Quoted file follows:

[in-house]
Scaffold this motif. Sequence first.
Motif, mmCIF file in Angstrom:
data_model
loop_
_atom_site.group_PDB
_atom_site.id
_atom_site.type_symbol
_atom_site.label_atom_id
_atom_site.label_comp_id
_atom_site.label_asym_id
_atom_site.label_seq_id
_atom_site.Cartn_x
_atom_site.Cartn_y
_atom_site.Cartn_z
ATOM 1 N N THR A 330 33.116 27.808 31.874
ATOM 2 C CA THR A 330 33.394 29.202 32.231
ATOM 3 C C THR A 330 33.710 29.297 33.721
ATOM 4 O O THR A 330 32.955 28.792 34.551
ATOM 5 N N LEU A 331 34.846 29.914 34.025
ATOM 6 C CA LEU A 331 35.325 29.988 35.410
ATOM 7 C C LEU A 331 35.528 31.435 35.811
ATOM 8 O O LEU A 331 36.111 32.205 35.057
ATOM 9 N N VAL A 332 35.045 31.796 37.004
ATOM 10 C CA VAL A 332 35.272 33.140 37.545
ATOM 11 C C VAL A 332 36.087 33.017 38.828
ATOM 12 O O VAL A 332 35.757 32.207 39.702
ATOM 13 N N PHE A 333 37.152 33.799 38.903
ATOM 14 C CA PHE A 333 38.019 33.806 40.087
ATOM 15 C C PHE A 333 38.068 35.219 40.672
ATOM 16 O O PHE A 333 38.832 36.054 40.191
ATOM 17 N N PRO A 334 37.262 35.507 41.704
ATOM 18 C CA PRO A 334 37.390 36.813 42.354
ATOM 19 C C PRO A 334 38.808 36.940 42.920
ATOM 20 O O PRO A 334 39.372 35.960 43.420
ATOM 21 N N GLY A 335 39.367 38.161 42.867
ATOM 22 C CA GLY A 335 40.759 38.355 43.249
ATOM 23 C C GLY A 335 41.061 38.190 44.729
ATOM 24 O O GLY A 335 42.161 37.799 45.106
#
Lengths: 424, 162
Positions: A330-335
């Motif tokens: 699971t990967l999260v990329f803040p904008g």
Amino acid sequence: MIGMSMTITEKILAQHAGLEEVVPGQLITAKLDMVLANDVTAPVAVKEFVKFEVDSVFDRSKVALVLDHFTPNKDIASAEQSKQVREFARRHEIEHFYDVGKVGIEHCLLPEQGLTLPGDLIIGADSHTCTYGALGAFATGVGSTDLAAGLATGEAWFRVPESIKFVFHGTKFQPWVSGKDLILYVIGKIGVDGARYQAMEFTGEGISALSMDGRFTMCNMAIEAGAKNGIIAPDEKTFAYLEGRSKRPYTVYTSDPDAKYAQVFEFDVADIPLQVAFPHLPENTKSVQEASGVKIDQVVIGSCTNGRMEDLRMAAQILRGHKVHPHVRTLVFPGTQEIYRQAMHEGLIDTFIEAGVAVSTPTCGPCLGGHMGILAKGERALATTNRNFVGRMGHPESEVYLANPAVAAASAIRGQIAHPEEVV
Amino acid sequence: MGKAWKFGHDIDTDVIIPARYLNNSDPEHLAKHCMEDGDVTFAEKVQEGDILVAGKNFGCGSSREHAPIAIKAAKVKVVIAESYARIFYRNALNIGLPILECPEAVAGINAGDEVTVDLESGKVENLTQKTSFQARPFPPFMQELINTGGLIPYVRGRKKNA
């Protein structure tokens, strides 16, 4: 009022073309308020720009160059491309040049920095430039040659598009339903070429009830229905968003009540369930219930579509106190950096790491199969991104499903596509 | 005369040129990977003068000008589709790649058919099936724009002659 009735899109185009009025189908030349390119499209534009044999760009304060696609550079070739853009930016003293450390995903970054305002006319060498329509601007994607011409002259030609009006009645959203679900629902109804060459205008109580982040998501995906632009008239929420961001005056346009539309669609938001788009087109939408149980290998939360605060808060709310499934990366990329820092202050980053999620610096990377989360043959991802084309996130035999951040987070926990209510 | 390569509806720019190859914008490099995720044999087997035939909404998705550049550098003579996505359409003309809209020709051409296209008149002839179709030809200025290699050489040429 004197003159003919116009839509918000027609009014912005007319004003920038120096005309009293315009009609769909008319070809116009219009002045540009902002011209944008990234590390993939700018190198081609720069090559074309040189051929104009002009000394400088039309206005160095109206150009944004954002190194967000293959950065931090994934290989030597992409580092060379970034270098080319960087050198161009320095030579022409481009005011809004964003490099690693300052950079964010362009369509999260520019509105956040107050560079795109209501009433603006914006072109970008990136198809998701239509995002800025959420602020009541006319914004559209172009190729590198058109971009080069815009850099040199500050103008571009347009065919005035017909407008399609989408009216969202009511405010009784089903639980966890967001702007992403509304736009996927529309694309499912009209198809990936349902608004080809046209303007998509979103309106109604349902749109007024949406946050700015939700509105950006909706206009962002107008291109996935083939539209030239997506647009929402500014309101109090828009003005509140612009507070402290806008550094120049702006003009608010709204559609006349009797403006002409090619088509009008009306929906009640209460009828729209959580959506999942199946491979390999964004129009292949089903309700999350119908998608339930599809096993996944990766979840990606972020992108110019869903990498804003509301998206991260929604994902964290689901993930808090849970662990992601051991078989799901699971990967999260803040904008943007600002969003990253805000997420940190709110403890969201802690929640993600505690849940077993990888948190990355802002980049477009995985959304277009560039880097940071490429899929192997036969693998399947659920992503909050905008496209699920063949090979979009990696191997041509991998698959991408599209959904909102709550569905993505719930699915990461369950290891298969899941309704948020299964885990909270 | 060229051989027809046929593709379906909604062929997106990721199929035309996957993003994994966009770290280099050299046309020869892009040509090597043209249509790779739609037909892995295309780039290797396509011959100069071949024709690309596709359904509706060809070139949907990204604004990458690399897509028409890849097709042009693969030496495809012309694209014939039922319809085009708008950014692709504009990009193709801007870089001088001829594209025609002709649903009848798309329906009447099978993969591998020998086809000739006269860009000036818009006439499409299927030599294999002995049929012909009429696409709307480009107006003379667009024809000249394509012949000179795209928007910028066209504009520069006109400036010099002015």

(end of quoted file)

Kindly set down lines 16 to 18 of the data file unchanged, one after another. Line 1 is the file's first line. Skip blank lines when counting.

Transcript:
ATOM 1 N N THR A 330 33.116 27.808 31.874
ATOM 2 C CA THR A 330 33.394 29.202 32.231
ATOM 3 C C THR A 330 33.710 29.297 33.721